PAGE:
Abstract and Introduction
Clinical trials are currently underway to determine the effectiveness of acupuncture in the treatment of drug addiction. While there are still many unanswered questions about the basic mechanisms of acupuncture, some evidence exists to suggest that acupuncture can play an important role in reducing reinforcing effects of abused drugs. The purpose of this article is to critically review these data. The neurochemical and behavioral evidence showed that acupuncture's role in suppressing the reinforcing effects of abused drugs takes place by modulating mesolimbic dopamine neurons. Also, several brain neurotransmitter systems such as serotonin, opioid and amino acids including GABA have been implicated in the modulation of dopamine release by acupuncture. These results provided clear evidence for the biological effects of acupuncture that ultimately may help us to understand how acupuncture can be used to treat abused drugs. Additional research using animal models is of primary importance to understanding the basic mechanism underlying acupuncture's effectiveness in the treatment of drug addiction.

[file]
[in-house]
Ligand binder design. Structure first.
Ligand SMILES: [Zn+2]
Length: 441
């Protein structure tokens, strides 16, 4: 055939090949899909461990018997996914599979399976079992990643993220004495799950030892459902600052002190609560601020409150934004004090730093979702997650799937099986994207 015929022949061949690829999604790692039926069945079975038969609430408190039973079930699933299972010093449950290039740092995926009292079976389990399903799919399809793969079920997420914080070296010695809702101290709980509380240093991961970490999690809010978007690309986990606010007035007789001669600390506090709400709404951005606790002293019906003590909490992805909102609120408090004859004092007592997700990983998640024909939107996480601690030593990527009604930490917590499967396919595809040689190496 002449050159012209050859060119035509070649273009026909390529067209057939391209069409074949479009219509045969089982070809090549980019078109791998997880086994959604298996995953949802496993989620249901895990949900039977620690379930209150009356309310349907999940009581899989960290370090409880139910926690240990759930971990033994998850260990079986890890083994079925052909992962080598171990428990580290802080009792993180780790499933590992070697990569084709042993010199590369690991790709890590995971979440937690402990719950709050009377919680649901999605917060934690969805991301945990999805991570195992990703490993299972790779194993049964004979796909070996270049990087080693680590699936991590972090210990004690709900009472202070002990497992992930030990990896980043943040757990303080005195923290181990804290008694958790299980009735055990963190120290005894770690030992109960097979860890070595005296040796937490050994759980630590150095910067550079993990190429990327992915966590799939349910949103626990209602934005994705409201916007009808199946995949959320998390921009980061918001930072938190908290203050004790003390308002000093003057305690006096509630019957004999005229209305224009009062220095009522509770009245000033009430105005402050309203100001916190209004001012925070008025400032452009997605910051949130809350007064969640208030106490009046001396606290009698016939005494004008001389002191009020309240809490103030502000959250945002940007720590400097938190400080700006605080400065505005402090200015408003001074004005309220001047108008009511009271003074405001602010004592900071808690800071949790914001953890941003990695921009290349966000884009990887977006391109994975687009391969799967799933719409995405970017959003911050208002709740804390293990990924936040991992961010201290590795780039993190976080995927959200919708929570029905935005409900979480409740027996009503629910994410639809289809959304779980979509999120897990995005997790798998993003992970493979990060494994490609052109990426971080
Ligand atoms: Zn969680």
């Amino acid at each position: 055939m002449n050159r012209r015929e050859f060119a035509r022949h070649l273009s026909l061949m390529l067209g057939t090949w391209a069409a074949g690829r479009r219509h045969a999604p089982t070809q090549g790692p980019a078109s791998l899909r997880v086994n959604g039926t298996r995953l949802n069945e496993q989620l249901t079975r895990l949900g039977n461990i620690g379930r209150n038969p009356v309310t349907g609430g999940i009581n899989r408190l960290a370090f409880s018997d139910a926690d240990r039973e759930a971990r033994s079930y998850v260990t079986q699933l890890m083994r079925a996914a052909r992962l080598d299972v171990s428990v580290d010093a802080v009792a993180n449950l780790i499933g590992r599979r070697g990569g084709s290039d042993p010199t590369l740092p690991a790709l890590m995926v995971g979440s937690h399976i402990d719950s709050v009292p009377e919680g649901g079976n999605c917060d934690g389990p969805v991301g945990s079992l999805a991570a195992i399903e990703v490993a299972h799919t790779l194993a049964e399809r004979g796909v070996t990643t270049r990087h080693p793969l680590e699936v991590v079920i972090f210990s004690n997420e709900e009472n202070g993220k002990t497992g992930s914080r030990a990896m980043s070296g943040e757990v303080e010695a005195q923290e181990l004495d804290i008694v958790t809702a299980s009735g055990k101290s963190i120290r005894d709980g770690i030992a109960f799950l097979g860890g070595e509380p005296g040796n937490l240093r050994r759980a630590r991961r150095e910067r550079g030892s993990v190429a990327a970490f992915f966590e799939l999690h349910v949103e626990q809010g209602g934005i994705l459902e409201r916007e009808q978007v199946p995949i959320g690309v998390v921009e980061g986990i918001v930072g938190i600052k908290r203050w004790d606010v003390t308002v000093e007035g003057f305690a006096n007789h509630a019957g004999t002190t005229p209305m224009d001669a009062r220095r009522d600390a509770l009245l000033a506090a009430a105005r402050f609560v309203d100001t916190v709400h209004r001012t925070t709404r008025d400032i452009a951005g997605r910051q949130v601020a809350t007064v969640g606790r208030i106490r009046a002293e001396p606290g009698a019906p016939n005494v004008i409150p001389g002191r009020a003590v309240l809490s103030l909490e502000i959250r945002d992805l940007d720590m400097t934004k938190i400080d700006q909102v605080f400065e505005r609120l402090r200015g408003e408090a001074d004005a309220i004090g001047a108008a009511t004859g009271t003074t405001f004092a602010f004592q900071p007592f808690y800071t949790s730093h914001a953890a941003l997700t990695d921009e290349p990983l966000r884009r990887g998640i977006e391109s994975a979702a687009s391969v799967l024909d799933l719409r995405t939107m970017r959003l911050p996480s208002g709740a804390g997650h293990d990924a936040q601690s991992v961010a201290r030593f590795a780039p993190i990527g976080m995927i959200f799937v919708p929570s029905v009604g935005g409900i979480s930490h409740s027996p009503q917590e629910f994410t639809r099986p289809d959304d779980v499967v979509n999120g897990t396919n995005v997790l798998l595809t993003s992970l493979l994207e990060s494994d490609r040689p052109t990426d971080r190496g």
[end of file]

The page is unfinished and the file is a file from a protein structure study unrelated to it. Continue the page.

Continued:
Acupuncture, arguably the most well-known alternative medicine treatment, has been an important therapy in Eastern countries for thousands of years. Although introduced relatively recently, acupuncture has gained popularity and greater acceptance as a treatment option in Western countries.